clinical outcomes associated with alternative treatment options and care processes; identification of best practices; and evaluation of the effects of different methods of financing, organizing, and delivering services.
Both private- and public-sector groups have identified the need to move forward expeditiously with the automation of clinical information. In 1991, the IOM issued a report concluding that computer-based patient records are an “essential technology” for health care and that electronic records should be the standard for medical and all other records related to health care. In that same year, the U.S. General Accounting Office issued a report stating that automated medical records offer great potential to improve patient care, increase efficiency, and reduce costs, and calling for the development of standards to ensure uniform electronic recording and transmission of medical information. A 1993 report of the U.S. General Accounting Office called for leadership and the acceleration of efforts to develop standards. In 1997, a revised edition of the 1991 IOM report noted the strides that had been made in the power and capacity of personal computers and other computer-based technologies, the remarkable growth of the Internet for research and some health applications, the increasing level of computer literacy among health professionals and the public, and the linkage of organizations and individuals in local and regional networks that were beginning to tackle the development of population databases.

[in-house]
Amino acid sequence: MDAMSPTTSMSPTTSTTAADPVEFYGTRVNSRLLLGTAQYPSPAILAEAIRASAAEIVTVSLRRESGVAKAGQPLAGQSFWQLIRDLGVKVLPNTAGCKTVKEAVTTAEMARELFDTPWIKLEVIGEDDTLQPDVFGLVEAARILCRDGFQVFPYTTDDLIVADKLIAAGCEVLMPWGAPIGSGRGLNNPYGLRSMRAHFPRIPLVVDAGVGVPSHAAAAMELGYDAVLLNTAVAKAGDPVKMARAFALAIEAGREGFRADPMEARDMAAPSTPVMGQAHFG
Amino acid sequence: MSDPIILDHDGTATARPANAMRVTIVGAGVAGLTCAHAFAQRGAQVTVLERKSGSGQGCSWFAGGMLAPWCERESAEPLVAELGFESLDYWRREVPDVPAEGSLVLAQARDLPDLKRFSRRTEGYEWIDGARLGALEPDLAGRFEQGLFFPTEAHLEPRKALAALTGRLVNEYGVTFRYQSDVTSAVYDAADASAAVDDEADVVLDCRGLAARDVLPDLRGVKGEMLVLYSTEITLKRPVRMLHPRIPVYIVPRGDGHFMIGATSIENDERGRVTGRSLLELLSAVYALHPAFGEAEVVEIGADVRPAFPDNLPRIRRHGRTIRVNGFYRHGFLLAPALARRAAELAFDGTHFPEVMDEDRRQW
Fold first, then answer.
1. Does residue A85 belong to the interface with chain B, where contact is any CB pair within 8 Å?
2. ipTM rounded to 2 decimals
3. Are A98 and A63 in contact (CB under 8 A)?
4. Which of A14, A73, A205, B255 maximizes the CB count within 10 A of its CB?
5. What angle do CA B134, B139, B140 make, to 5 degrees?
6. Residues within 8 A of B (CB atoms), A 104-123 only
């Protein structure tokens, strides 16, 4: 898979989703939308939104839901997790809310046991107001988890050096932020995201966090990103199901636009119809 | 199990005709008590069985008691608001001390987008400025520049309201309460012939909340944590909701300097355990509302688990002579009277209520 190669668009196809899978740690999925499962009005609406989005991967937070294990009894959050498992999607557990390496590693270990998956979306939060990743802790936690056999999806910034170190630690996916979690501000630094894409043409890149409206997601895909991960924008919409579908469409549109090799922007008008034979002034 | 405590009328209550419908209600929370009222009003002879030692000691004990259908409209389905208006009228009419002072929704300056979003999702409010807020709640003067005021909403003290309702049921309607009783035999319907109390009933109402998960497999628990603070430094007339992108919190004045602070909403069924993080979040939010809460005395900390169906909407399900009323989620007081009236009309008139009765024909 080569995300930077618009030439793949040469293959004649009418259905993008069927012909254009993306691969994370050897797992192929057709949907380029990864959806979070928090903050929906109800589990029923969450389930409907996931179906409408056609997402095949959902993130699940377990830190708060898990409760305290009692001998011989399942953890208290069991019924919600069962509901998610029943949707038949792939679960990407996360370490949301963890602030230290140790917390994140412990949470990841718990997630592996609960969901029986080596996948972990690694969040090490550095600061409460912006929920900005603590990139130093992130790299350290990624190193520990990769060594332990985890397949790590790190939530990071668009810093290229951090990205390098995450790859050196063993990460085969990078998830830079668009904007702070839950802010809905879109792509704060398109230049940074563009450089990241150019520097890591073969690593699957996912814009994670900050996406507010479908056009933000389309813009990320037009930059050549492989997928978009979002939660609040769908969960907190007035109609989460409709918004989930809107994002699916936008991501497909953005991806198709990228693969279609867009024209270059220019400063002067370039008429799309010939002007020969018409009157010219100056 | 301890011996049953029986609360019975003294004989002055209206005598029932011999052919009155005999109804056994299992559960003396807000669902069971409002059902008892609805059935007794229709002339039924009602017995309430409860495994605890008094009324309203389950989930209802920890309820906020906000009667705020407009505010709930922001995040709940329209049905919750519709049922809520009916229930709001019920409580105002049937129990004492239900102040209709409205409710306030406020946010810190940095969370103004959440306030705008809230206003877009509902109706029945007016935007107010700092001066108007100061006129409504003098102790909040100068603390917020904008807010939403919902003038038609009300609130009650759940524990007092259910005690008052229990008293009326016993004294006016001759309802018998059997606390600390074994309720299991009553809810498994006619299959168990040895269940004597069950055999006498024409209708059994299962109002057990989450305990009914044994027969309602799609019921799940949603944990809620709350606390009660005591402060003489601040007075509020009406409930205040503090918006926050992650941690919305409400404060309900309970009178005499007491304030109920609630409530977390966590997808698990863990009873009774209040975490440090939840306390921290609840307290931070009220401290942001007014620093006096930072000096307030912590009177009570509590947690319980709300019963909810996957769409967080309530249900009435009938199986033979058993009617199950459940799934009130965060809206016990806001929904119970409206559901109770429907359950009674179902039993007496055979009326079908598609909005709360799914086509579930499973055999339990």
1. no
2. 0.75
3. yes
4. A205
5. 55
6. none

Some health care organizations have made important advances, but overall progress has been slow. In a few large systems—most notably the health systems of the Department of Veterans Health Affairs—integrated electronic records systems have been implemented. There are also examples of robust, well-integrated hospital-based information systems (National Research Council, 2000), such as Intermountain Health Care (in Salt Lake City, Utah), but they are few and notable for their rarity. Many other organizations have automated major portions of clinical information systems—laboratory data, order entry, and the like—and others are on their way to becoming paperless in the next few years (McDonald et al., 1997; Warden and Lawrence, 2000).
There are numerous barriers to the automation of clinical information. The remainder of this section addresses four of these barriers: privacy concerns, the need for standards, financial requirements, and human factors issues.
Two of the greatest impediments to the widespread automation of clinical information are the absence of national policies pertaining to privacy, security, and confidentiality and the lack of standards for the coding and exchange of clinical information (e.g., definitions and nomenclature, patient identifiers, and electronic transfer) (Dwyer, 1999; Kleinke, 1998; McDonald, 1998; U.S. Department of Commerce, 1994). Indeed, the issues of protecting privacy and data standardization are closely interrelated. In 1998, for example, plans of the De-